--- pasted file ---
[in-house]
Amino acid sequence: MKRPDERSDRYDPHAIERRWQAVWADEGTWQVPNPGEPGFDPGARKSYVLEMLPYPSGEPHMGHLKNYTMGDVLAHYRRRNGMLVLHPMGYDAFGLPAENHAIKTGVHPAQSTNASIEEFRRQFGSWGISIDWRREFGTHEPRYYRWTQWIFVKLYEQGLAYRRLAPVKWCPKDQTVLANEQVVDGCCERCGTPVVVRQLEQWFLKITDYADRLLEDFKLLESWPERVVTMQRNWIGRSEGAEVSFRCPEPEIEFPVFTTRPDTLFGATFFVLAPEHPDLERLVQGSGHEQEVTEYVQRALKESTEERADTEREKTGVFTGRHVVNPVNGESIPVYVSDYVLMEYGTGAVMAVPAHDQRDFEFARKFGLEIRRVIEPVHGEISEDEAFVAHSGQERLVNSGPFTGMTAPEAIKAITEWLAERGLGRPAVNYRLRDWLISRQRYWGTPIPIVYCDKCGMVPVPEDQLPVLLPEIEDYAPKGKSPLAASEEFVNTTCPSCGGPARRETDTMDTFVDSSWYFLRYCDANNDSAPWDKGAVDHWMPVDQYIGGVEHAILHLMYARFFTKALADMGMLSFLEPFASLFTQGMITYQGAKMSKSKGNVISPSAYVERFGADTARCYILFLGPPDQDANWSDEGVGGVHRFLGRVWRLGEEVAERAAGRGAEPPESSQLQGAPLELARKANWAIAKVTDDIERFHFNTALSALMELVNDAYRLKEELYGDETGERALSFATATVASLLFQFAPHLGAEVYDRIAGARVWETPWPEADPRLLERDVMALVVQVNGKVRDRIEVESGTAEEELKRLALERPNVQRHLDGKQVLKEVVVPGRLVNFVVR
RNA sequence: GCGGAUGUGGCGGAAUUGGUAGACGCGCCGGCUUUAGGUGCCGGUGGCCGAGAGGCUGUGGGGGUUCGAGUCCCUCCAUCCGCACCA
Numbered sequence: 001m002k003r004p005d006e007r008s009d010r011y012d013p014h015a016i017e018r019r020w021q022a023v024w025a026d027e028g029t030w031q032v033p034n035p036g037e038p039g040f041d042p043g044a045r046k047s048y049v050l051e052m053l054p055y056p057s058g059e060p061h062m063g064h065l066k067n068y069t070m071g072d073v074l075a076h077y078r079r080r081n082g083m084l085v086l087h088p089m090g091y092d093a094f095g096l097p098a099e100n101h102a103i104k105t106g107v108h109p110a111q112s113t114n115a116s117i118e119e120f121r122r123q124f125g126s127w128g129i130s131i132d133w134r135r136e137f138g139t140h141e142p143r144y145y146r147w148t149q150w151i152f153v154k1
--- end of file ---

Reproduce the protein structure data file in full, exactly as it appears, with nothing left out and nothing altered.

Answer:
[in-house]
Amino acid sequence: MKRPDERSDRYDPHAIERRWQAVWADEGTWQVPNPGEPGFDPGARKSYVLEMLPYPSGEPHMGHLKNYTMGDVLAHYRRRNGMLVLHPMGYDAFGLPAENHAIKTGVHPAQSTNASIEEFRRQFGSWGISIDWRREFGTHEPRYYRWTQWIFVKLYEQGLAYRRLAPVKWCPKDQTVLANEQVVDGCCERCGTPVVVRQLEQWFLKITDYADRLLEDFKLLESWPERVVTMQRNWIGRSEGAEVSFRCPEPEIEFPVFTTRPDTLFGATFFVLAPEHPDLERLVQGSGHEQEVTEYVQRALKESTEERADTEREKTGVFTGRHVVNPVNGESIPVYVSDYVLMEYGTGAVMAVPAHDQRDFEFARKFGLEIRRVIEPVHGEISEDEAFVAHSGQERLVNSGPFTGMTAPEAIKAITEWLAERGLGRPAVNYRLRDWLISRQRYWGTPIPIVYCDKCGMVPVPEDQLPVLLPEIEDYAPKGKSPLAASEEFVNTTCPSCGGPARRETDTMDTFVDSSWYFLRYCDANNDSAPWDKGAVDHWMPVDQYIGGVEHAILHLMYARFFTKALADMGMLSFLEPFASLFTQGMITYQGAKMSKSKGNVISPSAYVERFGADTARCYILFLGPPDQDANWSDEGVGGVHRFLGRVWRLGEEVAERAAGRGAEPPESSQLQGAPLELARKANWAIAKVTDDIERFHFNTALSALMELVNDAYRLKEELYGDETGERALSFATATVASLLFQFAPHLGAEVYDRIAGARVWETPWPEADPRLLERDVMALVVQVNGKVRDRIEVESGTAEEELKRLALERPNVQRHLDGKQVLKEVVVPGRLVNFVVR
RNA sequence: GCGGAUGUGGCGGAAUUGGUAGACGCGCCGGCUUUAGGUGCCGGUGGCCGAGAGGCUGUGGGGGUUCGAGUCCCUCCAUCCGCACCA
Numbered sequence: 001m002k003r004p005d006e007r008s009d010r011y012d013p014h015a016i017e018r019r020w021q022a023v024w025a026d027e028g029t030w031q032v033p034n035p036g037e038p039g040f041d042p043g044a045r046k047s048y049v050l051e052m053l054p055y056p057s058g059e060p061h062m063g064h065l066k067n068y069t070m071g072d073v074l075a076h077y078r079r080r081n082g083m084l085v086l087h088p089m090g091y092d093a094f095g096l097p098a099e100n101h102a103i104k105t106g107v108h109p110a111q112s113t114n115a116s117i118e119e120f121r122r123q124f125g126s127w128g129i130s131i132d133w134r135r136e137f138g139t140h141e142p143r144y145y146r147w148t149q150w151i152f153v154k1